They write that
Many assume that China's cost advantage in manufacturing comes from cheap labor. But in China's burgeoning steel industry, our research suggests, massive government energy subsidies, not other factors, keep prices down. These subsidies have broad implications for how companies compete and collaborate with Chinese businesses.
According to the report, the subsidies go to domestic energy producers (e.g. coal mines) and are then passed along as lower costs to energy consumers including the steel industry. China continues to engage in strategic trade policies designed to boost its position in key industries.
In 2005, Beijing designated steel as a pillar industry for the Chinese economy. China was the world's largest producer of steel, with 27% of global production, but until then it had imported 29 million tons of steel annually. That year, China suddenly transformed itself from a net steel importer to a net steel exporter. In 2006, the country became the world's largest steel exporter by volume, up from the fifth largest in 2005. Today it remains the world's largest consumer and producer of steel, with 40% of global production. How did China make these astonishing gains so quickly and manage to sell steel for about 19% less than steel from U.S. and European companies? Labor accounts for less than 10% of the costs of producing Chinese steel, and Chinese steel doesn't appear to rely on scale economies, supply-chain proximities, or technological efficiencies to lower its costs.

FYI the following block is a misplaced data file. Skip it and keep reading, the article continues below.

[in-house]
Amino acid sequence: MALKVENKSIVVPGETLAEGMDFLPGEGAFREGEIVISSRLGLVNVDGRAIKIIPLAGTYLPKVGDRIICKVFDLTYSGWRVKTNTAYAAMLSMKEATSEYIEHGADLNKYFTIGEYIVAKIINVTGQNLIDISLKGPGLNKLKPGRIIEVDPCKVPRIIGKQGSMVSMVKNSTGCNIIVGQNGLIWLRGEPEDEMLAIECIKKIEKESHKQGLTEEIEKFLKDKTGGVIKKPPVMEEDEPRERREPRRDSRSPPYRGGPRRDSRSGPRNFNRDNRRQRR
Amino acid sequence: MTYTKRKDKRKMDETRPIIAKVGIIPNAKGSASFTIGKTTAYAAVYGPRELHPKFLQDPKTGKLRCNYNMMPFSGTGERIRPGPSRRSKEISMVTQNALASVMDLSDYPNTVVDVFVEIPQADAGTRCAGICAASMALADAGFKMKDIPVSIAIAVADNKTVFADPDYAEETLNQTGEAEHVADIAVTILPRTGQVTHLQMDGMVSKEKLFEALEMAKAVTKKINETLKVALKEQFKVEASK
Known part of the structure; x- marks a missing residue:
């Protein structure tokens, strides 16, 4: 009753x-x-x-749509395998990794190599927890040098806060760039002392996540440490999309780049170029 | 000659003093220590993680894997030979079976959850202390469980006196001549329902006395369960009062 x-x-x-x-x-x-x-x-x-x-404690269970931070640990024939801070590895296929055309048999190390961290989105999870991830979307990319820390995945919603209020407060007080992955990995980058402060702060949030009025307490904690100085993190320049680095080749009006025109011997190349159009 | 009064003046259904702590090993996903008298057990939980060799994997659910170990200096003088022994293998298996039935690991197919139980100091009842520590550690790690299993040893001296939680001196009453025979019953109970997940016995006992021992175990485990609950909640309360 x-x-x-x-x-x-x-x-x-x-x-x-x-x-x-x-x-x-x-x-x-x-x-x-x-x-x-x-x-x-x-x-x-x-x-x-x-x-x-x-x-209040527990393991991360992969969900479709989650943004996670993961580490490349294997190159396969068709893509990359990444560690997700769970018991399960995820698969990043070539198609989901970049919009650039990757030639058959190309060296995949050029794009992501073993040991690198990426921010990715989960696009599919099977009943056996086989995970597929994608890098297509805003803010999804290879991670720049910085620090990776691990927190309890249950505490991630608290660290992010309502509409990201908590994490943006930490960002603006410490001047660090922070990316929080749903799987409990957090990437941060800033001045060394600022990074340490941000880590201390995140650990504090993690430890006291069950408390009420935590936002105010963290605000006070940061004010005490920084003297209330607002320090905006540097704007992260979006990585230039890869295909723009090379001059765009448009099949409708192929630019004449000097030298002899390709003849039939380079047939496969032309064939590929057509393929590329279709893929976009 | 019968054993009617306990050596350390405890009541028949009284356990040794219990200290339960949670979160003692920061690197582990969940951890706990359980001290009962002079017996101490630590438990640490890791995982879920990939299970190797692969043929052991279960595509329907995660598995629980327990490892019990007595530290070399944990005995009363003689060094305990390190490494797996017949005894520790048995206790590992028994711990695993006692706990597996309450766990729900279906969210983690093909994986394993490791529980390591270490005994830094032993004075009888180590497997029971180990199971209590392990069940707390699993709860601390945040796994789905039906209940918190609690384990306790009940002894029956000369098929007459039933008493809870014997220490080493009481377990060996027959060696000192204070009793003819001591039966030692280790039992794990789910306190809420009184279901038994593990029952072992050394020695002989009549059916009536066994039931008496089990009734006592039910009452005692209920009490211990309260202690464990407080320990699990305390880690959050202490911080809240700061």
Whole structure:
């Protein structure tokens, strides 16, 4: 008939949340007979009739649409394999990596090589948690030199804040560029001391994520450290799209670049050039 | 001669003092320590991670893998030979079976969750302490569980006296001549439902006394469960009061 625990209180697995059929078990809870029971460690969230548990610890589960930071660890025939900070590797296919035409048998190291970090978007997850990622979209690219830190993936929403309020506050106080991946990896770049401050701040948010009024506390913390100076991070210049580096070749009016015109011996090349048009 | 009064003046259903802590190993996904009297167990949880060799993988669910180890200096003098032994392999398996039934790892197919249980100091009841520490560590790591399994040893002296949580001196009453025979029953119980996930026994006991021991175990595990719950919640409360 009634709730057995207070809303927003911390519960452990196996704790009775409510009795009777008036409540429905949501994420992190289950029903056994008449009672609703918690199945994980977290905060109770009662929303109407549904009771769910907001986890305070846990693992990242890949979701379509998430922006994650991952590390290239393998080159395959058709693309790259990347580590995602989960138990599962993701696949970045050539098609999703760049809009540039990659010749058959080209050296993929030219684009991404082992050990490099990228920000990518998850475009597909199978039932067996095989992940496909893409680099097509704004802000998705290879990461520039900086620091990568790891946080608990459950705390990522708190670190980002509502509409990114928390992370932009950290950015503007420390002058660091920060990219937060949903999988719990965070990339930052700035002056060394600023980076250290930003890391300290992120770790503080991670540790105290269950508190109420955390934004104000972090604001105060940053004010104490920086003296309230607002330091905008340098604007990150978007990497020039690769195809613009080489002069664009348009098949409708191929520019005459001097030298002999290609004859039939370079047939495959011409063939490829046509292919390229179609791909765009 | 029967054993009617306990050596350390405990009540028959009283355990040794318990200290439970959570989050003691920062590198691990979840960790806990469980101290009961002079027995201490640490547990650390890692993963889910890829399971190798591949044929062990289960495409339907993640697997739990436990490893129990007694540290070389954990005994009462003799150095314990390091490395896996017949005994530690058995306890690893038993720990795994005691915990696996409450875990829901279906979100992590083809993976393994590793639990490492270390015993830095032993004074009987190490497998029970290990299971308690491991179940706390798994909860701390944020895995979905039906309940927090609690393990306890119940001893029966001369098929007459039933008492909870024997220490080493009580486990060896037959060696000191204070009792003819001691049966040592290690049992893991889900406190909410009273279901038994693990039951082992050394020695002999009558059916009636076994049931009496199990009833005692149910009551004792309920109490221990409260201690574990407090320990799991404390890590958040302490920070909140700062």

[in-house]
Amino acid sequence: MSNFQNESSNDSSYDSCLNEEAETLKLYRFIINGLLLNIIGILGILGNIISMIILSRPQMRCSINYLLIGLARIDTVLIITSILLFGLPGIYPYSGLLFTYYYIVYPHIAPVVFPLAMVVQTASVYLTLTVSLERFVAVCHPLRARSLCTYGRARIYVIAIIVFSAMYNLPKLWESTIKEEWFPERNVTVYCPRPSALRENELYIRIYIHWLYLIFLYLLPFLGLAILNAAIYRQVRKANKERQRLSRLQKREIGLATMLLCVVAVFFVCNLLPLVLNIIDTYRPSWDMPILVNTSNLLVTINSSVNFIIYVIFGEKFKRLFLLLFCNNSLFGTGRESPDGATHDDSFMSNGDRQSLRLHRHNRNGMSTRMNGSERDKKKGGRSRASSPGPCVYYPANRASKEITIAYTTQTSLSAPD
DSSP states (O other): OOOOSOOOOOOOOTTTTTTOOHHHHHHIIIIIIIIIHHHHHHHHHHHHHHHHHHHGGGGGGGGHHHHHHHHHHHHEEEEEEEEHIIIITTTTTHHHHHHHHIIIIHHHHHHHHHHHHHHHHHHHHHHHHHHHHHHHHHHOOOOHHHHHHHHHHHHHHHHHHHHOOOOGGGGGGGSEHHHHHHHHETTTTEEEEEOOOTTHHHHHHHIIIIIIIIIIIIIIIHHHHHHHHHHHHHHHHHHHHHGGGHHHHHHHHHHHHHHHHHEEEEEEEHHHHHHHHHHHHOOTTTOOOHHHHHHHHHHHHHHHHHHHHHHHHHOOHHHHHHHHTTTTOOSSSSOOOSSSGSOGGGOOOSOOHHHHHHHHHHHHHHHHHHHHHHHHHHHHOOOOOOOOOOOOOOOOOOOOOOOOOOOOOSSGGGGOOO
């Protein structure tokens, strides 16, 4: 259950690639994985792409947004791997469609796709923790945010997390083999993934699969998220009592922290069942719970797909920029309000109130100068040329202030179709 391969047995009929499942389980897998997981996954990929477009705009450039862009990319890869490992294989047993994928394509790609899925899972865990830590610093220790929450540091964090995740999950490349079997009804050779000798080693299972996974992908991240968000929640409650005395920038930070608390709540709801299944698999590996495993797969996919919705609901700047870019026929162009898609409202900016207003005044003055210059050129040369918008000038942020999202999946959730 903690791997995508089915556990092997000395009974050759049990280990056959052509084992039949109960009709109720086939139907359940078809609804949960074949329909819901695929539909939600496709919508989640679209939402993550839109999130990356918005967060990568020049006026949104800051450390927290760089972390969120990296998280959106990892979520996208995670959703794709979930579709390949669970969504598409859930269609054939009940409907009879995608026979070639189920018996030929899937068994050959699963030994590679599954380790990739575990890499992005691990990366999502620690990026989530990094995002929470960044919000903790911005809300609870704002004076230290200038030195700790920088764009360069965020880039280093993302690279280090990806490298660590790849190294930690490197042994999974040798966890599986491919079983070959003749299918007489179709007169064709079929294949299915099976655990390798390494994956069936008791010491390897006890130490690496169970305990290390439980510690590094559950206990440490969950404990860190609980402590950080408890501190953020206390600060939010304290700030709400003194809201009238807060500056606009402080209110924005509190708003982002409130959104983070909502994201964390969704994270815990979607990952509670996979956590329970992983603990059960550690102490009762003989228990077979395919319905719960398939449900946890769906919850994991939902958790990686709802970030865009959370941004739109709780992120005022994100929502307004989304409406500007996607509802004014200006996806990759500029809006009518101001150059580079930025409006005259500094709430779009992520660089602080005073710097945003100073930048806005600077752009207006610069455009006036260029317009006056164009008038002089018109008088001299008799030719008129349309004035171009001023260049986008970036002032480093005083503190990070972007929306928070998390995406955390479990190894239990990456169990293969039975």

Instead, what happened is that China boosted its energy subsidies, which now total more than 27 billion dollars per year.
The authors note that one important implication of their work is that foreign companies doing business with Chinese suppliers should be aware of the risk that subsidies underlying the "China Price" might be removed at any time because of political calculations. Companies should maintain supplier relationships with other sources until they are sufficiently confident in the "medium term" reliability of Chinese suppliers.
Another implication, not discussed in the HBR article, is that consumers and economists in the U.S. should not assume that low prices from China are the result of natural comparative advantage or low cost labor. It isn't cheap labor that gives Chinese steel companies an advantage, but cheap (e.g. subsidized) coal.
Although in the short term Chinese decisions to subsidize exports make those exports cheaper for us to buy, the longer term risk is that these subsidies will help Chinese producers gain other kinds of comparative advantage while driving other world producers out of business. In the short term, subsized and distorted export prices hurt American workers and companies in export-competing industries. In the medium term they could hurt all Americans.